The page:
Studies have shown that group pasture weaning is typically the least stressful method on both mares and foals. This works best when the group has been together long enough that the horses have buddies, and there are multiple mares and foals to be weaned. After determining which foal is ready for weaning, that baby’s mother is removed from the pasture and taken to a distant paddock where she can’t see or hear her foal. Her baby remains in the field with his pals and familiar surroundings. The rest of the mares are gradually removed over a period of weeks until all foals are weaned. This method ensures that both mares and foals remain with horses they know, which helps reduce stress.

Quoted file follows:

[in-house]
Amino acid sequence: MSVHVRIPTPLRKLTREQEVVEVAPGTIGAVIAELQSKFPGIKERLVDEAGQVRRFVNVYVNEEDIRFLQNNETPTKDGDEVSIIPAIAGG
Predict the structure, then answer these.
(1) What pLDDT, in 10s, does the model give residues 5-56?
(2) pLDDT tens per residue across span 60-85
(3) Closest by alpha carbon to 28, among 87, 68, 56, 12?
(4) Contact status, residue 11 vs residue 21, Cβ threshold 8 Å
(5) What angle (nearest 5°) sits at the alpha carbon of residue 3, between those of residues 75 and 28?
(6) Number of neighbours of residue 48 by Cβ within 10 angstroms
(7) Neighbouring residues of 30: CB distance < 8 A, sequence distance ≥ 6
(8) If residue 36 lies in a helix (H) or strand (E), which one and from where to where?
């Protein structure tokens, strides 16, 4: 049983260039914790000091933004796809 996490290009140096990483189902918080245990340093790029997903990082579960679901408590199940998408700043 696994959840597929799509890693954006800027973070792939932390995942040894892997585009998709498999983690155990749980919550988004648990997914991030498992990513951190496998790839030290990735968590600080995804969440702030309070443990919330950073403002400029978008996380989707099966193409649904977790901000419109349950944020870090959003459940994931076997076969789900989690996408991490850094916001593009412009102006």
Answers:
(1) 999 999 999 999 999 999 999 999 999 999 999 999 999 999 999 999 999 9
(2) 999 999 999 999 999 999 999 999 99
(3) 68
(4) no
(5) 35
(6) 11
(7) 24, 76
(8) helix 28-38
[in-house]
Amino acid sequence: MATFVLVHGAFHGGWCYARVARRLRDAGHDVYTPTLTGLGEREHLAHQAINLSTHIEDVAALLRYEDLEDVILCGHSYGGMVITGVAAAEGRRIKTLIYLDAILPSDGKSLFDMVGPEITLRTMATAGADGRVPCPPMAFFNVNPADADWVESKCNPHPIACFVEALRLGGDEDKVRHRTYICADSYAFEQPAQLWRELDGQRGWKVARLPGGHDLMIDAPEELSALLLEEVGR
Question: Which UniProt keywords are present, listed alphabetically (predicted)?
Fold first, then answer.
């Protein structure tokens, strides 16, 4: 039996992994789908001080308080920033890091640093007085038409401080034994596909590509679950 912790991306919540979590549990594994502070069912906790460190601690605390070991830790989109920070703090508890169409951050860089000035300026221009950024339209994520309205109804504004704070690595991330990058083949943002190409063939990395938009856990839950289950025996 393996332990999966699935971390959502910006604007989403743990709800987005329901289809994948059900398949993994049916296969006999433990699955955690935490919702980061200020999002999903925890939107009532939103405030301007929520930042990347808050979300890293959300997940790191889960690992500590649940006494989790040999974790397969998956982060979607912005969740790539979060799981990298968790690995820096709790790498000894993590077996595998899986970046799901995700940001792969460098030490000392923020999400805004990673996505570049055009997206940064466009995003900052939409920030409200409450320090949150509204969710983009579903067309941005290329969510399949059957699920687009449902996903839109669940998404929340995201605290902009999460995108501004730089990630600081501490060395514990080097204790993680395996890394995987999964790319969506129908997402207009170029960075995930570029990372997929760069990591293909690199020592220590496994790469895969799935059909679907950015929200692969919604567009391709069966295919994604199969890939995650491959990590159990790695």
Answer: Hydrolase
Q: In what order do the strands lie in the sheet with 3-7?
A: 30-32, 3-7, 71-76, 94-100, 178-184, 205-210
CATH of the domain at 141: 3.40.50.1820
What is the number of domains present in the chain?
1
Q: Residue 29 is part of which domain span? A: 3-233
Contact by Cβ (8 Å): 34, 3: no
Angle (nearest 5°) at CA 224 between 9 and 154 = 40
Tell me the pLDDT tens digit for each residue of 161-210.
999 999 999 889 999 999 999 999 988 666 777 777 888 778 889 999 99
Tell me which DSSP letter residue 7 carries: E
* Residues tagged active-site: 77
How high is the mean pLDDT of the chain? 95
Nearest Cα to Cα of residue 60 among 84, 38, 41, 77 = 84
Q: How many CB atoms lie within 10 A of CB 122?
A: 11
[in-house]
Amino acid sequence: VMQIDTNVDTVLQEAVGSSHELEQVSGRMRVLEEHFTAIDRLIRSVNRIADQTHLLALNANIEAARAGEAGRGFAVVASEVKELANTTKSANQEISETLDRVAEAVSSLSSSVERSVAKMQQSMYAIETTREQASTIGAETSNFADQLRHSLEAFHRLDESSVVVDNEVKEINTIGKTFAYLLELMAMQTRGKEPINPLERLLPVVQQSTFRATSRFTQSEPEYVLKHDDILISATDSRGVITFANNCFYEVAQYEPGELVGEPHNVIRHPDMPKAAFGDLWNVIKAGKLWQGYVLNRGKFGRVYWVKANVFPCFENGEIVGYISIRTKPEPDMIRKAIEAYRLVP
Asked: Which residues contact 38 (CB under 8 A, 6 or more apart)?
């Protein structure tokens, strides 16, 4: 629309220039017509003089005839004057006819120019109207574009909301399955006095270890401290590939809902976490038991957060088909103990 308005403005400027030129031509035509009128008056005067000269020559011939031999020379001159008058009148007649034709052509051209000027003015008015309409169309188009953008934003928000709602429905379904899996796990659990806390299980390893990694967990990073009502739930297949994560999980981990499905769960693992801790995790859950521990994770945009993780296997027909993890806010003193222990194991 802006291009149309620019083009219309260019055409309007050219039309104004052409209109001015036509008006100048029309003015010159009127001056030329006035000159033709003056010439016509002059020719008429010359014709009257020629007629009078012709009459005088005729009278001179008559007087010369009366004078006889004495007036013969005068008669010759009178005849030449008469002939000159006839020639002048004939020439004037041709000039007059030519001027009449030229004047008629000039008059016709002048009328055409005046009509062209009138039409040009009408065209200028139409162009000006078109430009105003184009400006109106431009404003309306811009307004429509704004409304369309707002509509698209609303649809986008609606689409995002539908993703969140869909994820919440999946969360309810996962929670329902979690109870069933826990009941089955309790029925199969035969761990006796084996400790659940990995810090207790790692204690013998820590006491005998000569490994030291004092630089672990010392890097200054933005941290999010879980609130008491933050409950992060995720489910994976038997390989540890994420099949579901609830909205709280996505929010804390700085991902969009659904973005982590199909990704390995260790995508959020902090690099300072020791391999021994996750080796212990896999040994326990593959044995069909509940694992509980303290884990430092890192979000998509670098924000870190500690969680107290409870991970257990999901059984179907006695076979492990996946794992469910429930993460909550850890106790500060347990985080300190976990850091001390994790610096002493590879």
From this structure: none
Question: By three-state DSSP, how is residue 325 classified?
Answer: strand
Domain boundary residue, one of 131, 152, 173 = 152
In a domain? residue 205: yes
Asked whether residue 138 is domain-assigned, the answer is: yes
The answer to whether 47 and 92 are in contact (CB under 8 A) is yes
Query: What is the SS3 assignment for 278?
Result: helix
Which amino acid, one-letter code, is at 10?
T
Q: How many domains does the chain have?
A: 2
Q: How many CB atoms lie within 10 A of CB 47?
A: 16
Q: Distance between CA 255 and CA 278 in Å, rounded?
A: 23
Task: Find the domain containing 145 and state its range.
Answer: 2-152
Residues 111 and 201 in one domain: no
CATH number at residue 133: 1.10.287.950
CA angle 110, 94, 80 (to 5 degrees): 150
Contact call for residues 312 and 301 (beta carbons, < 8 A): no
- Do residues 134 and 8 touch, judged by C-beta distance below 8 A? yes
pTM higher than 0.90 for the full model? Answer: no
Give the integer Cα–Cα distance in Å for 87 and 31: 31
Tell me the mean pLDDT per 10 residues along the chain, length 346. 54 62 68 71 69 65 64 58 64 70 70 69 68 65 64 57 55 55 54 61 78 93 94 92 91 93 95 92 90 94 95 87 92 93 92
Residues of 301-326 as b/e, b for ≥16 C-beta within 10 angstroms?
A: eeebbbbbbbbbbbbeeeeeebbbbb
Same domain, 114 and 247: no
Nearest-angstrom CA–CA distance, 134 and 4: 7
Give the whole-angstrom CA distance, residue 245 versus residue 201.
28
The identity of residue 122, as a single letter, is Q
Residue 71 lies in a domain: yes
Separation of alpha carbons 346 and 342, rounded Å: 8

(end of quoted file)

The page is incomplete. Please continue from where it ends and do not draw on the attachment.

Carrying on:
In barn weaning, the mare and foal are brought into the barn and fed. Then a handler leads the mare out of the stall and takes her to a distant paddock, while leaving the foal inside the stall. Before removing the mare, it’s important to take out water buckets and anything else the foal might run into just for a short while after the mare is taken out. Some owners think it’s easier on the babies to put two foals in the same stall for weaning, but research has shown this can actually be more stressful on them. After a period of days or weeks, once the weaned foals have settled down and are eating well, they can be turned back out together in a group.
Although the abrupt method sounds harsh, if done right it’s easier on everyone involved: mare, foal and handlers.
“I put each foal in its own stall, but there are other horses in the barn to keep them company,” says Oliver, who weans at about three months of age and finds the barn weaning method works to his advantage.